The timing for the two new commissions is especially beneficial, given the experiment in ethnic studies education looming in California. I’ll write more next week about how public school requirements for students to learn about ethnic, cultural and religious legacies can still become a valuable addition to the curriculum, rather than a flashpoint for further division. But for now, discussions set up in the spirit of inclusion can be a constructive process.

Unfortunately, the debate over ethnic studies has been largely framed as a contest in which rivals are pitted against each other to claim prime victim status. The result has been a series of unpleasant confrontations between advocates for the four most commonly defined minority groups and other communities who believe that their heritage should also be part of this experience. Major challenges remain before the ethnic studies requirement takes effect, but this pair of collaborative endeavors to examine and discuss both the atrocities of the Holocaust and the outrage of contemporary hate crimes will dramatically increase the likelihood of success.


Dan Schnur is a Professor at the University of California – Berkeley, USC and Pepperdine. Join Dan for his weekly webinar “Politics in the Time of Coronavirus” (www.lawac.org) on Tuesdays at 5 PM.

Did you enjoy this article?

You'll love our roundtable.


By submitting this form, you are consenting to receive marketing emails from: Jewish Journal, 3250 Wilshire Boulevard, Los Angeles, CA, 90010, http://www.jewishjournal.com. You can revoke your consent to receive emails at any time by using the SafeUnsubscribe® link, found at the bottom of every email. Emails are serviced by Constant Contact

Enjoyed this article?

You'll love our roundtable.


By submitting this form, you are consenting to receive marketing emails from: Jewish Journal, 3250 Wilshire Boulevard, Los Angeles, CA, 90010, http://www.jewishjournal.com. You can revoke your consent to receive emails at any time by using the SafeUnsubscribe® link, found at the bottom of every email. Emails are serviced by Constant Contact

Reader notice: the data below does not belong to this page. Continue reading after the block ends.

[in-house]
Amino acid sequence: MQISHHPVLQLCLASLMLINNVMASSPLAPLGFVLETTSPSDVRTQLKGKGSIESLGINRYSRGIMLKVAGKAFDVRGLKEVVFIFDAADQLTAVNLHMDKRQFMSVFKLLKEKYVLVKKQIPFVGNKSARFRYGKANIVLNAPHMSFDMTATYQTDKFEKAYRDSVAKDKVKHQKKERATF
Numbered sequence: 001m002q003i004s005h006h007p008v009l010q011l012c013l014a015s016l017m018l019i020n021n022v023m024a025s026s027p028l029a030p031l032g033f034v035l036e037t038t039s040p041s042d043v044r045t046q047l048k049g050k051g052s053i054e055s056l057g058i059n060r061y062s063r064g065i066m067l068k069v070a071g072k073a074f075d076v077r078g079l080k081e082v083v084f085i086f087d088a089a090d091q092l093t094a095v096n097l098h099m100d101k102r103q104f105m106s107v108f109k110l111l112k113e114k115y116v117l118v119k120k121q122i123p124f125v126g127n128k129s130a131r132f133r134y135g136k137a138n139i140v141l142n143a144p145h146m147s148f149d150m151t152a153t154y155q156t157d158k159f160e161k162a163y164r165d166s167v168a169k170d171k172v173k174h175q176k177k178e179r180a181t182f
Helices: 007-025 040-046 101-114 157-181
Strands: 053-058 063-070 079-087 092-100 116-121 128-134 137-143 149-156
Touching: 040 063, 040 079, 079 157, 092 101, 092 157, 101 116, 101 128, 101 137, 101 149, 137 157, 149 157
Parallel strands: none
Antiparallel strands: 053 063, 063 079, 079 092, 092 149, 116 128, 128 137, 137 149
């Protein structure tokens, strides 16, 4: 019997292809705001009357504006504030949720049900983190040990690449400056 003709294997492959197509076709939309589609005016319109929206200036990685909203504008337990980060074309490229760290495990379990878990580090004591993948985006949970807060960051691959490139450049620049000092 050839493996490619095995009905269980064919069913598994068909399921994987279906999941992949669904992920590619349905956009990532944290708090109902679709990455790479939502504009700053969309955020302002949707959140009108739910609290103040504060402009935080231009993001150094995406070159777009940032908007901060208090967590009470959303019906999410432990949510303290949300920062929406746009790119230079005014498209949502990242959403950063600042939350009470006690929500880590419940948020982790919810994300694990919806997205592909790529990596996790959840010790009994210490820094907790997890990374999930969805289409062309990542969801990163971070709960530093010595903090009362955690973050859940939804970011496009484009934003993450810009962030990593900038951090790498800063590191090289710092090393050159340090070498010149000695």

Editor's Picks

Latest Articles

Culture

Latest Articles
Latest

A Tale of Two Kings: Which MLK Legacy Shall We Honor?

Because the man did so much and said so much, there’s a tendency to cherry pick sections of his legacy to support one’s preferred narrative.

Crime and its Non-Punishments

Criminal laws are written by legislatures. District attorneys are charged with enforcing them. They are required to uphold the rule of law, and not serve as the enablers of lawlessness. 

Why Did the FBI Deny Antisemitism in Texas?

The nonstop and deadly attacks on American Jews and especially synagogues boggles the mind.

Teach Like God

For ten summers I studied at the Shalom Hartman Institute in Jerusalem (SHI). I gathered with rabbis from around North America representing the diversity of the Jewish People: Reform, Conservative, and Orthodox leaders including members of the LGBTQ+ community.

Flyers Tying Jews to Anti-Vaxxers Found at Santa Monica Schools

A slew of flyers that seem to be accusing Jews of being tied to the anti-vaccine movement were found at multiple schools in Santa Monica on January 13.

Hollywood

Podcasts

More news and opinions than at a Shabbat dinner, right in your inbox.


By submitting this form, you are consenting to receive marketing emails from: Jewish Journal, 3250 Wilshire Boulevard, Los Angeles, CA, 90010, http://www.jewishjournal.com. You can revoke your consent to receive emails at any time by using the SafeUnsubscribe® link, found at the bottom of every email. Emails are serviced by Constant Contact

x